(T) Every year, around the month of February, I am looking forward to attending some of the events at the Entrepreneurship Week at Stanford University. Entrepreneurship Week gives an opportunity for the students to acquire the knowledge and the techniques to accomplish their dreams of starting a company. But for me, it is a way to discover what are the new technologies that students in engineering are found off. In particular, one of my favorite events is the career fair where many start-ups from one to a few employees are looking to hire. My first surprise, this year, was that the career fair had more than 60 companies, which is a remarkable number knowing the state of the economy. My second surprise was that there was NO Green-Tech start-up. However, they were a lot of social network start-ups providing new Facebook applications and widgets, virtualized desktop, video bookmarking…but NOT ONE Green-Tech start-up to my big disappointment!
As we all know, the present challenge for the future and survival of mankind is to reinvent his standard ways of living and to build future economic prosperity for a growing human population WITHOUT destroying anymore the vital resources of the very complex, subtle and delicate Earth’s ecosystems. Besides the obvious changes to the way that governments, businesses and consumers use, misuse and abuse the remaining available natural resources from Mother Nature, one of the keys to lower the human impact on the environment is the development and the adoption of Green Technologies.
Green Technologies not only need to replace existing technologies that are damaging the environment but as well to maintain or even to grow again the remaining natural resources. For over 40 years, Silicon Valley has imagined, created and marketed new High Technologies so one might think that Silicon Valley shall be the best place to imagine, create and market Green Technologies. With the lower growth and the maturity of the computing industry, it seems obvious that Silicon Valley shall fully take advantage of the huge opportunities and reinvent itself in Green-Tech?
But is the case? Let’s try to investigate it…
The Missing Pieces for a Green-Tech Silicon Valley
No Green Xerox PARC (Palo Alto Research Center)
Most of the early fundamental innovations in computing were incubated at the Xerox PARC and all adopted by early start-ups but never by Xerox itself such as Object Oriented Programming with SmallTalk, Graphical User Interfaces that were later leveraged by the Macintosh team, Ethernet for local communication between computers and the list goes on…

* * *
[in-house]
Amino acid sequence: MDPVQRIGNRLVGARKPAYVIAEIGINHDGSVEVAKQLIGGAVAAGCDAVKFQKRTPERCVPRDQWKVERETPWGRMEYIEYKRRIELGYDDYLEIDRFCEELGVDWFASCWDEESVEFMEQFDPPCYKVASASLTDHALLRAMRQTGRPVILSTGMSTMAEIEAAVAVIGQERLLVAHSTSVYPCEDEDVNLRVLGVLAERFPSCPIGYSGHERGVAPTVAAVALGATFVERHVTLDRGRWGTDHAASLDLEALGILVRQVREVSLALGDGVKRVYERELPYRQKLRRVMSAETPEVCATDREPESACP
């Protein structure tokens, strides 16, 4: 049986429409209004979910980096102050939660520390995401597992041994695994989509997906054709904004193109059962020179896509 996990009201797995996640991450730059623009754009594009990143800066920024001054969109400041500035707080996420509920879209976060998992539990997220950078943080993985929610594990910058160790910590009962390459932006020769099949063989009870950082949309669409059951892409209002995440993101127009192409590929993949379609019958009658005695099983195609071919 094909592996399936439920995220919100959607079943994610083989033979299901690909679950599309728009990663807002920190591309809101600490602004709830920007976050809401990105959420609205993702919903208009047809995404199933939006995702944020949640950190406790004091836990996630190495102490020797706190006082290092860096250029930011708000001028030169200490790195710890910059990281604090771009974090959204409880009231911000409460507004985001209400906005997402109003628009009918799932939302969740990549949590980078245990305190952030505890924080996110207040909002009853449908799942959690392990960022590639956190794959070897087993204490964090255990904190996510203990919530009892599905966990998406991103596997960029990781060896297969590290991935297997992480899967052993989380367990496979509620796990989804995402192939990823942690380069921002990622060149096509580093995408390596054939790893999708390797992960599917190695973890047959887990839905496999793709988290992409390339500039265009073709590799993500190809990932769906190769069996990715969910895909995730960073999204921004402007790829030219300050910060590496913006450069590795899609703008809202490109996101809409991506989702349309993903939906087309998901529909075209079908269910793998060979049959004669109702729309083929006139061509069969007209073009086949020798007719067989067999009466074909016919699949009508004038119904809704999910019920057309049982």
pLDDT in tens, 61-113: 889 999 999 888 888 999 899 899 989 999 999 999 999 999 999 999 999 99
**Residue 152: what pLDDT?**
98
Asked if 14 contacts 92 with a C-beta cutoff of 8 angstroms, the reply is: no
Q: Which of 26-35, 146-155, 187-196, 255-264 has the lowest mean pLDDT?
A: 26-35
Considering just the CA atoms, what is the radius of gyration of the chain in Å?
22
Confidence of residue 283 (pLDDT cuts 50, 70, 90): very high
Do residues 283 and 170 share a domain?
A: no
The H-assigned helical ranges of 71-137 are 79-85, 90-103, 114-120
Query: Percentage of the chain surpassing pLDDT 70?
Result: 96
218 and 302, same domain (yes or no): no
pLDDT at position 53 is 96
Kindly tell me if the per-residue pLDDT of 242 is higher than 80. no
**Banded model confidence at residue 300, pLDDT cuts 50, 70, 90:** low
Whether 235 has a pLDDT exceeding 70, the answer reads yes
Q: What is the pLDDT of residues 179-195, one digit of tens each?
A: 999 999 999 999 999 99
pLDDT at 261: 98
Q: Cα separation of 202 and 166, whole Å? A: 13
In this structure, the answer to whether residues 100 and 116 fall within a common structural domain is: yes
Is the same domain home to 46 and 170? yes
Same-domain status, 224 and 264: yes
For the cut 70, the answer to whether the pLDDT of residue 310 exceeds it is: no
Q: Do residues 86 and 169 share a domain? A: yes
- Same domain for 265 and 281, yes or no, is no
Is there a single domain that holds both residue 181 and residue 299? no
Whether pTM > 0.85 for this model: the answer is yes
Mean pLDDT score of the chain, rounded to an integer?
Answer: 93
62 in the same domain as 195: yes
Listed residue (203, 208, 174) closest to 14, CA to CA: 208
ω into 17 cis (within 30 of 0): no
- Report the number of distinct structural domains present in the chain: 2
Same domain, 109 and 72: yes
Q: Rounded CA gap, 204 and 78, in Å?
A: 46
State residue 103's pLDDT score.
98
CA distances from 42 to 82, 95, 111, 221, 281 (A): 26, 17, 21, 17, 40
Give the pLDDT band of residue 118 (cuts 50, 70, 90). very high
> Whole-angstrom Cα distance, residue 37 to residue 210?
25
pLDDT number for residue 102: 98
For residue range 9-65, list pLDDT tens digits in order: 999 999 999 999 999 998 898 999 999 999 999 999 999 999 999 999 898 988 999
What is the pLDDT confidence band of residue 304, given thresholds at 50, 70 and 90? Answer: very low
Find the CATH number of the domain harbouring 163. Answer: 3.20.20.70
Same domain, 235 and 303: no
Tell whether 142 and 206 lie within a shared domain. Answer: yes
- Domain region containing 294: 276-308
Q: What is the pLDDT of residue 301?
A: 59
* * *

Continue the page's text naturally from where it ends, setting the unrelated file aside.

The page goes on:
Right now, there is no basic science research (as far as I know) in Silicon Valley for new Green Technologies – massive developments of creative ideas that will lead to a few major technology breakthroughs.
Berkeley and Stanford are not Generating MS and Ph.D. in Green Technologies
The top university programs in computer engineering in the US are Berkeley, Stanford, Carnegie-Mellon, the University of Illinois at Urbana-Champaign and MIT. Both Berkeley and Stanford have top MS and Ph.D. in electrical engineering and computer science but not in green engineering and green science. To become the entrepreneurs of tomorrow, today students must learn about clean energy, clean transportation, green housing, biodiversity protection, water conservation, environmentally sound land and fish farming, emerging diseases due to climate change….and last but certainly not least green public policy!
Green Silicon Valley must be a Spin-Off from Green Stanford
HP, Sun, Silicon Graphics, Cisco, MIPS, Yahoo, Google, and many other companies have been started by Stanford faculty, staff or students. In some way, Silicon Valley is a spin-off from Stanford that has sparked, nurtured and fostered many ideas, researches, technologies and business models that led to many High-Tech start-ups, public companies, and industries. I do not see why not Stanford cannot play the same role in Green-Tech as it did in High-Tech.
Silicon Valley Cannot Leverage the US Leadership for Adopting Green Standards
The outstanding economic growth of the US has been fueled by improved productivity based on technology. The US has adopted in its economy all major computing technologies created or perfected in Silicon Valley such as semiconductors, PCs, software, networking and of course the Internet. But today, Ireland leads in wind power, Eastern Germany leads in solar power, France leads in nuclear power, Japan leads in hybrid cars…The US should not have rejected the Kyoto protocol and we must act in such a way that the US will provide political leadership to craft the new worldwide climate change treaty during the United Nations conference in Copenhagen in December 2009. It will be awkward for Silicon Valley to invest in Green-Tech if the US is not leading worldwide agreements in climate changes.
Silicon Valley has not yet any Green Rock Star!
Steve Jobs, Andy Groove, Larry Elison, Scott McNealy, Jim Clark, Marc Andreessen, and many others are well-known rock stars of the High-Tech industry. The question is not who is but who will become a rock star for the Green-Tech industry. Rock stars are important because they communicate with the public their passions for the industry and they are leaders that students want to imitate in realizing their dreams.